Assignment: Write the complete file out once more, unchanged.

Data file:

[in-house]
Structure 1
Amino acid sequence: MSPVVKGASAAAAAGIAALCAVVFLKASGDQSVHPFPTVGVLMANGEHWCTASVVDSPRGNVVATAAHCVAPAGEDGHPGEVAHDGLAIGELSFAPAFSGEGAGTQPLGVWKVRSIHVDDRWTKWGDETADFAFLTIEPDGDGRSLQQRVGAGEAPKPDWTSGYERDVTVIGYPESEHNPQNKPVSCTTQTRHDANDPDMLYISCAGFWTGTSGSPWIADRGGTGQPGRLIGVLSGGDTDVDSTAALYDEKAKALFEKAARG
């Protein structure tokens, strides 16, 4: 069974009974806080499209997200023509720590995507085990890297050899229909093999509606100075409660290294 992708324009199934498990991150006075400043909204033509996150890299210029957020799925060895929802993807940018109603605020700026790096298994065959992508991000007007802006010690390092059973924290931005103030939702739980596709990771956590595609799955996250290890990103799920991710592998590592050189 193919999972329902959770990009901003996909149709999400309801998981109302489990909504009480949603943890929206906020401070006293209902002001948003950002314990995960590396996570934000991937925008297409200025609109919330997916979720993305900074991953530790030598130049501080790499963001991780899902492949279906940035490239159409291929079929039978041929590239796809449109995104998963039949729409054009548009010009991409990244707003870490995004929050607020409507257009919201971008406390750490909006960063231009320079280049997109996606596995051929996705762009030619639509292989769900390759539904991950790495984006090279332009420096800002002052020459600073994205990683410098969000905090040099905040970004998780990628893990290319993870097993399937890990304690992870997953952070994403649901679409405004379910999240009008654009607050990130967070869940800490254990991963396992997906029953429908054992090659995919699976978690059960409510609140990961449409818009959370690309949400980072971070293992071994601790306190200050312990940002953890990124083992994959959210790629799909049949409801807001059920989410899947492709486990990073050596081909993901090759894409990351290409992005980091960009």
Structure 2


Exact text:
[in-house]
Structure 1
Amino acid sequence: MSPVVKGASAAAAAGIAALCAVVFLKASGDQSVHPFPTVGVLMANGEHWCTASVVDSPRGNVVATAAHCVAPAGEDGHPGEVAHDGLAIGELSFAPAFSGEGAGTQPLGVWKVRSIHVDDRWTKWGDETADFAFLTIEPDGDGRSLQQRVGAGEAPKPDWTSGYERDVTVIGYPESEHNPQNKPVSCTTQTRHDANDPDMLYISCAGFWTGTSGSPWIADRGGTGQPGRLIGVLSGGDTDVDSTAALYDEKAKALFEKAARG
């Protein structure tokens, strides 16, 4: 069974009974806080499209997200023509720590995507085990890297050899229909093999509606100075409660290294 992708324009199934498990991150006075400043909204033509996150890299210029957020799925060895929802993807940018109603605020700026790096298994065959992508991000007007802006010690390092059973924290931005103030939702739980596709990771956590595609799955996250290890990103799920991710592998590592050189 193919999972329902959770990009901003996909149709999400309801998981109302489990909504009480949603943890929206906020401070006293209902002001948003950002314990995960590396996570934000991937925008297409200025609109919330997916979720993305900074991953530790030598130049501080790499963001991780899902492949279906940035490239159409291929079929039978041929590239796809449109995104998963039949729409054009548009010009991409990244707003870490995004929050607020409507257009919201971008406390750490909006960063231009320079280049997109996606596995051929996705762009030619639509292989769900390759539904991950790495984006090279332009420096800002002052020459600073994205990683410098969000905090040099905040970004998780990628893990290319993870097993399937890990304690992870997953952070994403649901679409405004379910999240009008654009607050990130967070869940800490254990991963396992997906029953429908054992090659995919699976978690059960409510609140990961449409818009959370690309949400980072971070293992071994601790306190200050312990940002953890990124083992994959959210790629799909049949409801807001059920989410899947492709486990990073050596081909993901090759894409990351290409992005980091960009």
Structure 2